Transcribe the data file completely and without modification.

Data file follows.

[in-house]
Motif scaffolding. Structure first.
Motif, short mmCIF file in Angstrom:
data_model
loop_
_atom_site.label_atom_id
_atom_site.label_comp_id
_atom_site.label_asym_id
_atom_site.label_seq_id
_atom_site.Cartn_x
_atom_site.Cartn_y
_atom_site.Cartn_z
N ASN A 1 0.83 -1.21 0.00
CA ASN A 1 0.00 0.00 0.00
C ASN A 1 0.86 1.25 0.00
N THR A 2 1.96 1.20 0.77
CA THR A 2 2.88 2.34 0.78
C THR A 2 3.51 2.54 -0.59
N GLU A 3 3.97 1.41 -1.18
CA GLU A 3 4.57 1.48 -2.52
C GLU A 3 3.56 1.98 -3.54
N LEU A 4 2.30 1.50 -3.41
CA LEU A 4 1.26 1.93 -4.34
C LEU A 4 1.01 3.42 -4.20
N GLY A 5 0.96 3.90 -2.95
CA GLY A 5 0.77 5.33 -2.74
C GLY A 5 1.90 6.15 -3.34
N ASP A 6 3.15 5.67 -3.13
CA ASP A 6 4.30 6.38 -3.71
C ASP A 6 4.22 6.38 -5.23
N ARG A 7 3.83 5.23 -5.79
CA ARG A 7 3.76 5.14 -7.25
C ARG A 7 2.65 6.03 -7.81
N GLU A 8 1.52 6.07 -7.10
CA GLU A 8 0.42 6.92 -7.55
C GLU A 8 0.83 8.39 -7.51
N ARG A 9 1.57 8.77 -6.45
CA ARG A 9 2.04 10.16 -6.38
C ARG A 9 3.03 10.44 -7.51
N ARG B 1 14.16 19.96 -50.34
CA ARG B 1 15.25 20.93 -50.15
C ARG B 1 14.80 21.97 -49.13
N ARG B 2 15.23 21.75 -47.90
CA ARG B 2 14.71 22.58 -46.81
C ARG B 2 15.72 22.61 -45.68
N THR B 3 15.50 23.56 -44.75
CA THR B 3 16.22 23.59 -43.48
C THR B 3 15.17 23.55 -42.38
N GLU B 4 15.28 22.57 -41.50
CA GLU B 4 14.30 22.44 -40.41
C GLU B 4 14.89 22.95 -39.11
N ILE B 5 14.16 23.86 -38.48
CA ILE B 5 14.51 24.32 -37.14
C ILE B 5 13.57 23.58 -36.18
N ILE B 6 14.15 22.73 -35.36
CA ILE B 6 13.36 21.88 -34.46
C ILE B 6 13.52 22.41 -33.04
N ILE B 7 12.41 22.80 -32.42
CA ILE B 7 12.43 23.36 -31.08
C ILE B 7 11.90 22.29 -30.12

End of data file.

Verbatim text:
[in-house]
Motif scaffolding. Structure first.
Motif, short mmCIF file in Angstrom:
data_model
loop_
_atom_site.label_atom_id
_atom_site.label_comp_id
_atom_site.label_asym_id
_atom_site.label_seq_id
_atom_site.Cartn_x
_atom_site.Cartn_y
_atom_site.Cartn_z
N ASN A 1 0.83 -1.21 0.00
CA ASN A 1 0.00 0.00 0.00
C ASN A 1 0.86 1.25 0.00
N THR A 2 1.96 1.20 0.77
CA THR A 2 2.88 2.34 0.78
C THR A 2 3.51 2.54 -0.59
N GLU A 3 3.97 1.41 -1.18
CA GLU A 3 4.57 1.48 -2.52
C GLU A 3 3.56 1.98 -3.54
N LEU A 4 2.30 1.50 -3.41
CA LEU A 4 1.26 1.93 -4.34
C LEU A 4 1.01 3.42 -4.20
N GLY A 5 0.96 3.90 -2.95
CA GLY A 5 0.77 5.33 -2.74
C GLY A 5 1.90 6.15 -3.34
N ASP A 6 3.15 5.67 -3.13
CA ASP A 6 4.30 6.38 -3.71
C ASP A 6 4.22 6.38 -5.23
N ARG A 7 3.83 5.23 -5.79
CA ARG A 7 3.76 5.14 -7.25
C ARG A 7 2.65 6.03 -7.81
N GLU A 8 1.52 6.07 -7.10
CA GLU A 8 0.42 6.92 -7.55
C GLU A 8 0.83 8.39 -7.51
N ARG A 9 1.57 8.77 -6.45
CA ARG A 9 2.04 10.16 -6.38
C ARG A 9 3.03 10.44 -7.51
N ARG B 1 14.16 19.96 -50.34
CA ARG B 1 15.25 20.93 -50.15
C ARG B 1 14.80 21.97 -49.13
N ARG B 2 15.23 21.75 -47.90
CA ARG B 2 14.71 22.58 -46.81
C ARG B 2 15.72 22.61 -45.68
N THR B 3 15.50 23.56 -44.75
CA THR B 3 16.22 23.59 -43.48
C THR B 3 15.17 23.55 -42.38
N GLU B 4 15.28 22.57 -41.50
CA GLU B 4 14.30 22.44 -40.41
C GLU B 4 14.89 22.95 -39.11
N ILE B 5 14.16 23.86 -38.48
CA ILE B 5 14.51 24.32 -37.14
C ILE B 5 13.57 23.58 -36.18
N ILE B 6 14.15 22.73 -35.36
CA ILE B 6 13.36 21.88 -34.46
C ILE B 6 13.52 22.41 -33.04
N ILE B 7 12.41 22.80 -32.42
CA ILE B 7 12.43 23.36 -31.08
C ILE B 7 11.90 22.29 -30.12